3

I want to create an IPv6 equivalent of a simple DHCP IPv4 network in systemd-networkd with a server host handing out IPv6 addresses, and a number of clients automatically picking up addresses.

In IPv4 this is simple, and just requires a DHCP server/client and a pool of IPv4 addresses. So far I haven't been able to reproduce the same thing in the IPv6 world. I'm following the systemd-network documentation, which suggests using 'IPv6AcceptRA'

server .network config

[Match]
Name=enp0s4

[Network]
Address=fd00:1::/64
IPv6PrefixDelegation=yes

[IPv6Prefix]
Prefix=fd00:1::/32

[IPv6PrefixDelegation]
RouterLifetimeSec=20

client .network config

[Match]
Name=enp0s4

[Network]
IPv6AcceptRA=yes

With this setup the server seems to come up OK:

# ip a
...
3: enp0s4: <BROADCAST,MULTICAST,UP,LOWER_UP8000> mtu 1500 qdisc pfifo_fast qlen 1000
    link/ether ca:fe:b9:4d:9d:6f brd ff:ff:ff:ff:ff:ff
    inet6 fd00:1::/64 scope global tentative flags 08 
       valid_lft forever preferred_lft forever
    inet6 fe80::c8fe:b9ff:fe4d:9d6f/64 scope link tentative flags 08 
       valid_lft forever preferred_lft forever
...

but the client doesn't get an address:

# ip a
...
3: enp0s4: <BROADCAST,MULTICAST,UP,LOWER_UP> mtu 1500 qdisc pfifo_fast qlen 1000
    link/ether ca:fe:10:2a:af:27 brd ff:ff:ff:ff:ff:ff
    inet6 fe80::c8fe:10ff:fe2a:af27/64 scope link tentative flags 08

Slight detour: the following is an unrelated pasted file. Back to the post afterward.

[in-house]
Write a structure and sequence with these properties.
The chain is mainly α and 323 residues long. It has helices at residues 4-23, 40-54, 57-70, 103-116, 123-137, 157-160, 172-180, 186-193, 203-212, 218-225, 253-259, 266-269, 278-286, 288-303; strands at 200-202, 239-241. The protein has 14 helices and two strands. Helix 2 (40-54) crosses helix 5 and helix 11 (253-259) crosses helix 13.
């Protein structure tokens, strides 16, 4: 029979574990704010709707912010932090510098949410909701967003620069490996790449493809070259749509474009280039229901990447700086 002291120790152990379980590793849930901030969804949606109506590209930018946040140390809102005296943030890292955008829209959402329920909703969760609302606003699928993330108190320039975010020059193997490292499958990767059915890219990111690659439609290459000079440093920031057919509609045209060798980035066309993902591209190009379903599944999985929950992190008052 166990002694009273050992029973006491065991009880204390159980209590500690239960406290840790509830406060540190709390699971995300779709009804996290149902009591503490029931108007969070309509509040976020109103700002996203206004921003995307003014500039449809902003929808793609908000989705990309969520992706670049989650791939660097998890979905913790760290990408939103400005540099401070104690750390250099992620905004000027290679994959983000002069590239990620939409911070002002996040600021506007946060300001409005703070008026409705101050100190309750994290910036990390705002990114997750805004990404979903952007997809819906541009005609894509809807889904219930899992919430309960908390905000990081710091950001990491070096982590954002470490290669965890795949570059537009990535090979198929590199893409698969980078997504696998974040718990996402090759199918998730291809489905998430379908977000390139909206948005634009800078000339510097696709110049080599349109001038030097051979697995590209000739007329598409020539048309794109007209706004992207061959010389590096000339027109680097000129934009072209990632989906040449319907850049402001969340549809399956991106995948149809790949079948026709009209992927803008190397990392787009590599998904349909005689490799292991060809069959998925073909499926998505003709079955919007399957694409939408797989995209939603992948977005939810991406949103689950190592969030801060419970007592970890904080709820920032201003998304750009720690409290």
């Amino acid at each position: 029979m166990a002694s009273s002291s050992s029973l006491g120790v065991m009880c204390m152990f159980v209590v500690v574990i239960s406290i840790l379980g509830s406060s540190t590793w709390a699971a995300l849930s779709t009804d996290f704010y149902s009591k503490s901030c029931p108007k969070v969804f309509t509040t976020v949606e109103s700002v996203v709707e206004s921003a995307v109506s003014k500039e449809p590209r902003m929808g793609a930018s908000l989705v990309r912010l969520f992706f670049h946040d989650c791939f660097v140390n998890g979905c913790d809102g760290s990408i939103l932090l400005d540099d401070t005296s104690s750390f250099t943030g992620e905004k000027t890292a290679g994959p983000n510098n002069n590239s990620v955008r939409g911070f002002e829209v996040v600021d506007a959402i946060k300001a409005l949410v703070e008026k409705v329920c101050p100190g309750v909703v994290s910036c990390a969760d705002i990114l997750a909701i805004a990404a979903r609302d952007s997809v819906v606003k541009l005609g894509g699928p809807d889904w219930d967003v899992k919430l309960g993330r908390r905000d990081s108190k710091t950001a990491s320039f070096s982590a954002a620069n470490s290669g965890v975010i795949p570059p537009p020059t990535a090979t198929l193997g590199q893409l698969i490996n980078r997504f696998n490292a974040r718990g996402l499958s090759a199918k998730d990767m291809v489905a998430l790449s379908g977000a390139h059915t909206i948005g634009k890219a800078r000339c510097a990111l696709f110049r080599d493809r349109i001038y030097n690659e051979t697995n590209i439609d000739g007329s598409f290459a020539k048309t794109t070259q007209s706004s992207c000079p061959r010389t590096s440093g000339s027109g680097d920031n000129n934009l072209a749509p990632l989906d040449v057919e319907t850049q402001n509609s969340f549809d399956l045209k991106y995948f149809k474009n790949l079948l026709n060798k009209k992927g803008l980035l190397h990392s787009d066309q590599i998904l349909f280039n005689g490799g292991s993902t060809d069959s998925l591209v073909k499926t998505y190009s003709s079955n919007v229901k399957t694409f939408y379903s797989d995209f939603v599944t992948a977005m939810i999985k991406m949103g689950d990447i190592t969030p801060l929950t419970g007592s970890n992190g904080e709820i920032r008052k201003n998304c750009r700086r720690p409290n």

valid_lft forever preferred_lft forever
...

Should this work, or is there a better way to solve this problem?

5
  • Set DHCP=yes instead of IPv6AcceptRA=yes in your configuration file. then restart the systemd-networkd.service
    – GAD3R
    Commented Mar 27, 2018 at 9:27
  • DHCP=yes doesn't work for me. With that on the client and the same server config, I get the same outcome
    – Phil
    Commented Mar 27, 2018 at 11:31
  • Don't use fd00:1::. That defeats the purpose. Generate your ULA properly. Commented Mar 27, 2018 at 16:59
  • Systemd-networkd does not function as a DHCPv6 server, so you will need to find some other piece of software for this. RA stands for Router Advertisement, which is used with Stateless Address Autoconfiguration (SLAAC). SLAAC is complementary to DHCPv6, which is stateful (i.e. the DHCPv6 server keeps state of which client have been assigned which address). RA messages are sent by routers, which the clients use to autoconfigure themselves. Prefix delegation is a router to router only mechanism, used for subnetting. The upstream router "delegates" a subnet to a downstream router. Commented Mar 27, 2018 at 18:44
  • My original plan was to statically assign a private IPv6 address range to the server, then use SLAAC to hand out IPv6 addresses to the clients, but perhaps that isn't the way it is intended to work? My only requirement is that a bunch of 'clients' and one 'server' can come online and communicate over IPv6 (the addresses don't matter because they already have a discovery mechanism). I don't know what the standard way to solve this on a IPv6 network is though--on IPv4 it is easy: DHCP and a private subnet.
    – Phil
    Commented Mar 29, 2018 at 14:45

1 Answer 1

2

Install radvd or some other router advertisement daemon on the server, configure it to hand out your ULA prefix, and you are ready to go. The clients get their addresses via SLAAC. Alternatively, install and configure an IPv6 capable DHCP server.

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